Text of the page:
Search Images Maps Play YouTube News Gmail Drive More »
Sign in
Screen reader users: click this link for accessible mode. Accessible mode has the same essential features but works better with your reader.

Patents

  1. Advanced Patent Search
Publication numberUS5548518 A
Publication typeGrant
Application numberUS 08/251,812
Publication date20 Aug 1996
Filing date31 May 1994
Priority date31 May 1994
Fee statusPaid
Also published asEP0685805A2
Publication number08251812, 251812, US 5548518 A, US 5548518A, US-A-5548518, US5548518 A, US5548518A
InventorsBrenda L. Dietrich, Robert J. Wittrock
Original AssigneeInternational Business Machines Corporation
Export CitationBiBTeX, EndNote, RefMan
External Links: USPTO, USPTO Assignment, Espacenet
Allocation method for generating a production schedule
US 5548518 A
Abstract
A novel allocation method for generating a feasible production schedule. The method, in response to a specified requirement q, comprises the steps of determining what quantity (r) of a product can be produced with a specified quantity of supply components; allocating a required quantity of supply components for filling a thus defined partial order; and filling a remainder of the requirement (q-r) at some later time.
Images(7)
Previous page
Next page
Claims(12)
We claim:
1. An allocation method for utilization within a computer for generating a feasible production schedule in response to a specified requirement q, the method comprising the computer implemented steps of:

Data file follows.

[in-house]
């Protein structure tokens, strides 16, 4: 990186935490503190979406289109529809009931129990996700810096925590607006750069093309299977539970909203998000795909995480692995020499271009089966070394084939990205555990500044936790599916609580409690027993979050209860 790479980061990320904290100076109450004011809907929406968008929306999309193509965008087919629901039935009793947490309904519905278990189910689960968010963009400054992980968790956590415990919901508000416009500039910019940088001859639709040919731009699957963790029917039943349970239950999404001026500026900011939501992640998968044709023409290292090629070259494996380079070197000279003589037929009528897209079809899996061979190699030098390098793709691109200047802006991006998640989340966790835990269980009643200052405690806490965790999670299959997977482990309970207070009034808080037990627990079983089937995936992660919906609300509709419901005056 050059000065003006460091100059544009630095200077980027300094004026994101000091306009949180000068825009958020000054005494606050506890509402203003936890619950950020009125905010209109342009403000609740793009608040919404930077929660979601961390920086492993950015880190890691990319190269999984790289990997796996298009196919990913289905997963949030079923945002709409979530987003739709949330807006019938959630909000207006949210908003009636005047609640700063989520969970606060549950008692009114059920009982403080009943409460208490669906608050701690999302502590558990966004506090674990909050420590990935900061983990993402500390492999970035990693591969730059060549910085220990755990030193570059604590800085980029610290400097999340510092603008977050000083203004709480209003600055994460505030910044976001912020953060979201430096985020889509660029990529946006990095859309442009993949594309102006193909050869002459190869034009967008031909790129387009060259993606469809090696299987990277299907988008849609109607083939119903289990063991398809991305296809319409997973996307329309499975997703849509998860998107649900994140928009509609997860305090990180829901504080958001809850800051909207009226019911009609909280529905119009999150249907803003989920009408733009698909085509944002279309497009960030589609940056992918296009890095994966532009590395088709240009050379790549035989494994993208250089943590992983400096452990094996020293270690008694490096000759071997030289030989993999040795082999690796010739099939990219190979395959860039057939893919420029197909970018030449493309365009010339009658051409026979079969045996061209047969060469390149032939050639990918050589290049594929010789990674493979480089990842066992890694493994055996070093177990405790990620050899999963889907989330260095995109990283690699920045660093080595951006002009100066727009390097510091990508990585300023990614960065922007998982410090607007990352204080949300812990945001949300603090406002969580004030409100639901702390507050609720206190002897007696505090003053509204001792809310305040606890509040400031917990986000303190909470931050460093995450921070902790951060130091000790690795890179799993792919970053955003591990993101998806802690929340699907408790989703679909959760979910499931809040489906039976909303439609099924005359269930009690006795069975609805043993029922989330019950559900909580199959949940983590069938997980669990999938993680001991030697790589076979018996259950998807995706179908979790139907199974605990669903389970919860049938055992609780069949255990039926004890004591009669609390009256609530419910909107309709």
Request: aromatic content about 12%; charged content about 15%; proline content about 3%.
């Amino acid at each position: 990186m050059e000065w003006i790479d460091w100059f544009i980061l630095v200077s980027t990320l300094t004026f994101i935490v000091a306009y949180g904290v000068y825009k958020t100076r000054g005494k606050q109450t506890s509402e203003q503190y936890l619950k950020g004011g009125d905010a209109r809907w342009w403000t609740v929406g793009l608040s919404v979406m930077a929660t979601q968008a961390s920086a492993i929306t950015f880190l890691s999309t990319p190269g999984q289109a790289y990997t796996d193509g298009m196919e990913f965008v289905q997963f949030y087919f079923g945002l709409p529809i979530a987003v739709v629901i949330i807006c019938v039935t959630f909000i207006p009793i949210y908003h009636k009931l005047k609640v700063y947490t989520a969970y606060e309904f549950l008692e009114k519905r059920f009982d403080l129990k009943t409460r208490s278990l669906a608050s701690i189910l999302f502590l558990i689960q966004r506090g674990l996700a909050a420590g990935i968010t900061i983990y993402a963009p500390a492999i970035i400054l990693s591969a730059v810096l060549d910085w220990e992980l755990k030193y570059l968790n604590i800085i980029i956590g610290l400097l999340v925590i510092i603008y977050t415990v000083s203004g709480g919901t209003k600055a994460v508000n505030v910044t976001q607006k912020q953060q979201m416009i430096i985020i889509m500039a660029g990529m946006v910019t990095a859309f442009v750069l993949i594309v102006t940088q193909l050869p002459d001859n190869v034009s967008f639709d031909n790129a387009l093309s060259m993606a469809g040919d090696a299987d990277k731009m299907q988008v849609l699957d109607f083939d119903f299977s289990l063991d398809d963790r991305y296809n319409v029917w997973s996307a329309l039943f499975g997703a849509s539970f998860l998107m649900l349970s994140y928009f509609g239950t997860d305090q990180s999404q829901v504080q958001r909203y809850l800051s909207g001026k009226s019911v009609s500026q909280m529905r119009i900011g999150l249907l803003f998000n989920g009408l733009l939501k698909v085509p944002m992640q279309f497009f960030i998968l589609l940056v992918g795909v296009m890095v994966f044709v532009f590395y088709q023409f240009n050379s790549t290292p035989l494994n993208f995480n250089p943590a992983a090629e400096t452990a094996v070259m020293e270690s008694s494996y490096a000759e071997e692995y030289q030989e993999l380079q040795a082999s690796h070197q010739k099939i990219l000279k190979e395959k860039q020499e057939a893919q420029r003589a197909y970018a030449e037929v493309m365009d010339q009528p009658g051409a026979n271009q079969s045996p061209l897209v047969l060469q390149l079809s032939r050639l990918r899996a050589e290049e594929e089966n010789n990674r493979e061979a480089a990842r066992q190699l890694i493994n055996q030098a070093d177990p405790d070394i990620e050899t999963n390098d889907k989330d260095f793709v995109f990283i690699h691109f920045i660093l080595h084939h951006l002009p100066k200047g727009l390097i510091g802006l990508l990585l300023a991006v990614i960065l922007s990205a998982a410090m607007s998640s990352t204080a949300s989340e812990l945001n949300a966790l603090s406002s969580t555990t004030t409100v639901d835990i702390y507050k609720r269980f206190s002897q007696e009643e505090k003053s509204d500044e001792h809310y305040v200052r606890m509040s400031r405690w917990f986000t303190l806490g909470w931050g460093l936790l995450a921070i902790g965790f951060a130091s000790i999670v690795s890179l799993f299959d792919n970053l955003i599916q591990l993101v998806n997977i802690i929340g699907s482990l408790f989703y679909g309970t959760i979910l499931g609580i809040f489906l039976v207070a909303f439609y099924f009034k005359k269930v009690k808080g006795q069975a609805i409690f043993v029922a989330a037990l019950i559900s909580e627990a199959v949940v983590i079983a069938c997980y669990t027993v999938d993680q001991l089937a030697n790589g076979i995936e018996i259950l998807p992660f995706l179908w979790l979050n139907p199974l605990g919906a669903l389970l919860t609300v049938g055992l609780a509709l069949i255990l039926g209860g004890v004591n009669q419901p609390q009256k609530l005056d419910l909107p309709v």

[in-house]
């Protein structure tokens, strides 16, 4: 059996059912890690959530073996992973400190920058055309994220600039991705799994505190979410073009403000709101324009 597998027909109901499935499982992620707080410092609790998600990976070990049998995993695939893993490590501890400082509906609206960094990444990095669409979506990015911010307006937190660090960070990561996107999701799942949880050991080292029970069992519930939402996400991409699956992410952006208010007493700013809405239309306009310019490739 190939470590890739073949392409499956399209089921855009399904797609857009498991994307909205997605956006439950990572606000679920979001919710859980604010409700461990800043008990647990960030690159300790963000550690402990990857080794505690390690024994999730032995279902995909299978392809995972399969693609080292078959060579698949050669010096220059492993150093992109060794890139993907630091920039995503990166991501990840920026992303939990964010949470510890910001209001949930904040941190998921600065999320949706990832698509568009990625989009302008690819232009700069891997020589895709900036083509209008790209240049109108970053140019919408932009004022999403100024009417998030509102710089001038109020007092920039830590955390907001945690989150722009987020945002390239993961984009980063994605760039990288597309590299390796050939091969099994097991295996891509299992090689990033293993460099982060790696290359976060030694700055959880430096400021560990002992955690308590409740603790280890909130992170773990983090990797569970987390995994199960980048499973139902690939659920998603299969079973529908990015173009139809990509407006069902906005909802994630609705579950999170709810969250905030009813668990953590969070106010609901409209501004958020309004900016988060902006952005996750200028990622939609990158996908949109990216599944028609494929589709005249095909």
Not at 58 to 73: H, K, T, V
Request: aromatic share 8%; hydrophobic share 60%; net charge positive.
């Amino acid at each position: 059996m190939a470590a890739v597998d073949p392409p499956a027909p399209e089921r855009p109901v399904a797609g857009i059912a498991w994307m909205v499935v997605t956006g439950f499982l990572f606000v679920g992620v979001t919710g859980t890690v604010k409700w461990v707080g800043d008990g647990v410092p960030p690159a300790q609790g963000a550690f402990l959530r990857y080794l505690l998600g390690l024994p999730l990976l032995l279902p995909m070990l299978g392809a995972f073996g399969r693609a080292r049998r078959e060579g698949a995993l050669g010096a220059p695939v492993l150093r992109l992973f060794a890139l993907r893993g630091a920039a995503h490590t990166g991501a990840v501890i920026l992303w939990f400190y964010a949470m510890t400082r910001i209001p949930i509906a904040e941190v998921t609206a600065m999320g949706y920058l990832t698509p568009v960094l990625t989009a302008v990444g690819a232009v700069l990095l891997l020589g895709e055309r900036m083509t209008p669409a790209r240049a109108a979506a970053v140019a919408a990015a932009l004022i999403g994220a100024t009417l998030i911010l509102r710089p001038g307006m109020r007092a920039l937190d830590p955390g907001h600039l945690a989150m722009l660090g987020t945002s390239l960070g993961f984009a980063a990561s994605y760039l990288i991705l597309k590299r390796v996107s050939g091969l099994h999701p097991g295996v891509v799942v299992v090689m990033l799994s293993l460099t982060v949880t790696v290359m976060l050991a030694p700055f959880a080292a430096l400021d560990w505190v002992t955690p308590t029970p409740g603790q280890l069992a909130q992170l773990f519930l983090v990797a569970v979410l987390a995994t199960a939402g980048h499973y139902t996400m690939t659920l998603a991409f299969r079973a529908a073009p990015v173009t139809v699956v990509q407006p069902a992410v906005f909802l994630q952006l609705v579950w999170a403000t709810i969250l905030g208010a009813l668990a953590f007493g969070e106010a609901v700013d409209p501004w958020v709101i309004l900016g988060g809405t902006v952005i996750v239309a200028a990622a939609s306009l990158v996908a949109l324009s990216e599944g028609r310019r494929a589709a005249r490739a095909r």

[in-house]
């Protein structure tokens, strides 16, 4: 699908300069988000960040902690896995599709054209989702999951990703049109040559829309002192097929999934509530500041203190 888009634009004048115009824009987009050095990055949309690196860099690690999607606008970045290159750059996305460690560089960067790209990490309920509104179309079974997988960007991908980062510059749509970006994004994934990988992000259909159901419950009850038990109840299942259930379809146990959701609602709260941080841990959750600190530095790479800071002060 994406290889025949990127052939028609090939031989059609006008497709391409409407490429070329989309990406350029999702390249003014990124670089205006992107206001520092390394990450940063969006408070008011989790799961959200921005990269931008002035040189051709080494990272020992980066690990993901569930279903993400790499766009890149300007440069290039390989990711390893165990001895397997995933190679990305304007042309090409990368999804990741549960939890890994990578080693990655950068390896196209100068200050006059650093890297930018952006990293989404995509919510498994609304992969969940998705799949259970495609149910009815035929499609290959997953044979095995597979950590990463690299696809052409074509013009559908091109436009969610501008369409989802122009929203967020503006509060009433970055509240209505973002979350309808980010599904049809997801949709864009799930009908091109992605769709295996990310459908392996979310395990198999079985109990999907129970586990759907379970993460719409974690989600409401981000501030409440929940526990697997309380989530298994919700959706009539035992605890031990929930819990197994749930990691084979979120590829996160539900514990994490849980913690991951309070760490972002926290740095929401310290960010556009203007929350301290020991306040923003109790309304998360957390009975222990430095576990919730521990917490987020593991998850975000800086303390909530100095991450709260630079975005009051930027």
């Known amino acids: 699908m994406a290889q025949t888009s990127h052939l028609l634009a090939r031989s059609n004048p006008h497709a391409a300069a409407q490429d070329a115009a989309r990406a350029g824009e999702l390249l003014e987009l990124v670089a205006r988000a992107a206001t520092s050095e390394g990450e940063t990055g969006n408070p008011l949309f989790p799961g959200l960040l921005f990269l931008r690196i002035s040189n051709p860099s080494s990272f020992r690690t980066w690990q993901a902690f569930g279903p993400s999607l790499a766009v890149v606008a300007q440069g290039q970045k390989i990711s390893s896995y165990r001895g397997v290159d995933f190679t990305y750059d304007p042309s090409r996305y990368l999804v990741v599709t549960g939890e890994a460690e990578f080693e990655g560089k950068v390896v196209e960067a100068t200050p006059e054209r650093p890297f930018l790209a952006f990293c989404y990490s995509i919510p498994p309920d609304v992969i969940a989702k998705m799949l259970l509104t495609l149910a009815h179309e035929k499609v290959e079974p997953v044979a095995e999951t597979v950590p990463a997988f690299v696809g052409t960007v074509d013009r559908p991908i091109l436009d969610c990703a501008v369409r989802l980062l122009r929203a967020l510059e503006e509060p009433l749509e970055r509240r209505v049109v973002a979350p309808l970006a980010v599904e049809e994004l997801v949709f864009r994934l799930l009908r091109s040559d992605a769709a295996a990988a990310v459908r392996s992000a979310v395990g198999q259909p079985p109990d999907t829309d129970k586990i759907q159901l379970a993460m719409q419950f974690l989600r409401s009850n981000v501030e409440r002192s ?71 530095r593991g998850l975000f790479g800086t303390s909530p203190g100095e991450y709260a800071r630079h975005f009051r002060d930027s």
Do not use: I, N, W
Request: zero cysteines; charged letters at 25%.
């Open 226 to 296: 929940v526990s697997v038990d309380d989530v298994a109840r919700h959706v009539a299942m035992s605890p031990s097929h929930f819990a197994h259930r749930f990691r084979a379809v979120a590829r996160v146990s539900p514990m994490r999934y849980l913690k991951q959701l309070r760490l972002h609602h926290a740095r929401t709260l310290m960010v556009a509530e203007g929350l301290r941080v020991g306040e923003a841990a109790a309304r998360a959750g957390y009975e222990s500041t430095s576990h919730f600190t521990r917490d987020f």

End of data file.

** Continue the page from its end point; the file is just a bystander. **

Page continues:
(1) determining what quantity (r) of a product can be produced with a specified quantity of supply components;
(2) allocating a required quantity of supply components for filling a thus defined partial order; and
(3) filling a remainder of the requirement (q-r) at some later time; wherein the steps (1) and (2) and (3) are quantitatively determined by simultaneously solving within the computer a material balance constraint (MBC) inequality and a capacity availability constraint (CAC) inequality, wherein
(i) the MBC comprises a step of comparing
a) a quantity of product for external requirement (over an arbitrary time period) plus a total usage of parts in a production of other parts (over the same arbitrary time period), with
b) a total external availability of parts (over the arbitrary period) plus a total production of parts lover the arbitrary period); and
(ii) the CAC comprises a step of comparing
a) a total quantity of resource (used in the arbitrary time period) with
b) an availability of resource (in the arbitrary time period);
so that if there is not sufficient capacity or material available to meet every requirement, the solution allocates available resources in favor of requirements with high priority.
2. A method according to claim 1, comprising the step of quantitatively defining the MBC inequality and the CAC inequality so that the following inequalities obtain: ##EQU11## where, wi,t is a decision variable denoting the total quantity of part number P/N i made available to meet requirement in period t;